Feeney on the NILP

Published in 20th-century / Contemporary History, General, Issue 5 (Sep/Oct 2009), Letters, Volume 17

Sir,

 

73_small_1252682012—Although delighted to see my book A history of the Northern Ireland Labour Party: democratic socialism and sectarianism reviewed in the last issue (HI 17.4, July/August 2009), permit me to address some of the points raised by Dr Brian Feeney in his highly selective critique.
Dr Feeney claims that ‘the NILP could never advance beyond a fixed point precisely because of that fundamental division’ in its membership over the ‘national question’. He is suggesting that the NILP failed to make any headway because Catholics were ‘nationalists’ and Protestants were ‘unionists’. My book refutes this simplistic view of identity as fixed and one-dimensional. It articulates the view that Catholics and Protestants could and did cooperate politically.
On his criticism that ‘Once it nailed its colours to the mast it was never going to command a significant proportion of the North’s nationalist population’, the NILP certainly lost many supporters when it declared in favour of partition, but its 1949 statement also emphasised that it would ‘seek the closest possible means of co-operation with the British Labour Party’. The NILP rebuilt its cross-sectarian support base following the collapse of the Irish Labour Party in the 1950s and saw many Catholic-born members return to its ranks; the best known was of course Paddy Devlin.
Dr Feeney would do well to observe the anomaly that no nationalist politician held a seat in Belfast between 1945 and the late 1960s, having been dispatched by a Catholic working class concerned primarily with socio-economic reformism. ‘Nationalist Belfast’ was represented by a mix of Irish Labourist and Republican Labour politicians, such as Gerry Fitt, Harry Diamond and Paddy Devlin; in 1969 the latter campaigned for ‘British Rights for British Citizens’—hardly a ‘Nationalist Belfast’ rallying call!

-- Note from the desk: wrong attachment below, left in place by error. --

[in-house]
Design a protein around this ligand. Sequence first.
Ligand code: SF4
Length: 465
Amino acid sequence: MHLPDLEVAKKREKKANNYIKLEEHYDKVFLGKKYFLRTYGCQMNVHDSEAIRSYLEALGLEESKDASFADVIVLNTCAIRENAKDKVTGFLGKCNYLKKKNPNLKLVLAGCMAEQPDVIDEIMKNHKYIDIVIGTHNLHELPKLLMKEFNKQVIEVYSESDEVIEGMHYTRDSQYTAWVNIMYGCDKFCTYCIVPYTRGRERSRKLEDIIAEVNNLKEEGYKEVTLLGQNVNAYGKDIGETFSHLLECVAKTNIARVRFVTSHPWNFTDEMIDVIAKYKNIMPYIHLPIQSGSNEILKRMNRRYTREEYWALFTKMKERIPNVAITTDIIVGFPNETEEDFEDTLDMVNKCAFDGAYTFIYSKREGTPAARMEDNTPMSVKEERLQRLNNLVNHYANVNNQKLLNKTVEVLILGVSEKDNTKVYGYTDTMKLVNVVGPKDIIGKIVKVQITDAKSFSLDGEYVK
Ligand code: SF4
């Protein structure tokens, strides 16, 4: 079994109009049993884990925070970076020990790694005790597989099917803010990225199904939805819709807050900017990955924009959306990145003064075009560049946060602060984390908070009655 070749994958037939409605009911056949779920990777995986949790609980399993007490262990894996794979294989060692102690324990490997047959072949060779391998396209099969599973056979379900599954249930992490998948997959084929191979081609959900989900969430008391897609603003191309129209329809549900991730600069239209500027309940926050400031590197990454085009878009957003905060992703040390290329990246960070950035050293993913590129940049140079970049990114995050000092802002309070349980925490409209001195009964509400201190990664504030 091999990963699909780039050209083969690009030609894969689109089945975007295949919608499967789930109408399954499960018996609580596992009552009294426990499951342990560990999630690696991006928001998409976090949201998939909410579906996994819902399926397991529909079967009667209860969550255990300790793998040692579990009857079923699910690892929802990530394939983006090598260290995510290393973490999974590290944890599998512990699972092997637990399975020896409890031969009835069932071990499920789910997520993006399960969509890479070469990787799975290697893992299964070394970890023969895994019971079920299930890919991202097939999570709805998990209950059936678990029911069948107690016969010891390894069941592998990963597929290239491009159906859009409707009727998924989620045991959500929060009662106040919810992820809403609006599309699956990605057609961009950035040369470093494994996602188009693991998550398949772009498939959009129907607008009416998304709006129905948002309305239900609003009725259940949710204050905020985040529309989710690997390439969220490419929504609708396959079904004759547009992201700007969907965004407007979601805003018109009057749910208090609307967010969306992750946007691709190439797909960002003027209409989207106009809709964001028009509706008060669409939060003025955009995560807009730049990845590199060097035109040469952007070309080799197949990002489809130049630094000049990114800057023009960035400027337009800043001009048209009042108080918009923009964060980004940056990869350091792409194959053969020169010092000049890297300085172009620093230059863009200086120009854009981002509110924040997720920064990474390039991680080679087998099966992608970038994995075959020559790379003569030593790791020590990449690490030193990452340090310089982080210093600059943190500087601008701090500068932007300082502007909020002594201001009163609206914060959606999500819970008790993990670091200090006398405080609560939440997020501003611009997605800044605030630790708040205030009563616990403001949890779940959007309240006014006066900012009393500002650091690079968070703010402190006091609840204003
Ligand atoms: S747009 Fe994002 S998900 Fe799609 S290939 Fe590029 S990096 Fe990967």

Feeney’s opinion that ‘There was never any loyalty to the party among nationalists because it repeatedly let them down on critical identity issues’ is simply incorrect. My book does explain why the NILP made electoral headway, despite being suspect on the ‘Sunday swings’ issue. Moreover, I do not shirk from dealing with the ‘swings’ issue in my book (pp 93–7).
On Feeney’s criticism that ‘we are never provided with a true analysis of the size and composition of the NILP’, I must direct him to my table on the Falls Labour Party, which attracted 200 members in the 1960s (p. 168). A more systematic analysis was impossible in large part because detailed membership records have been lost, like the party itself, to history. Notwithstanding such limitations, my book does explore the party in various local constituencies. The Derry Labour Party, for instance, commanded a strong following and the majority of its members were Catholic-born. On an inter-related matter, the Falls and Derry Labour Parties’ energetic campaigning on civil rights (which is covered in my book but ignored by Feeney) was a significant NILP contribution to the historical record and is endorsed in my book by none other than Eamonn McCann (p. 138)!
Feeney charges that ‘Edwards magnifies the NILP’s role in northern politics, occasionally preposterously’. While I suggest that the NILP played a role as a ‘third-party arbitrator’—a go-between for loyalist and republican prisoners and the NIO—nowhere do I claim that it was a peacebroker that facilitated the IRA ceasefire in 1972. Admittedly, the efforts of Vivian Simpson (MP for Oldpark) should not be overstated, but equally they must not be airbrushed from history.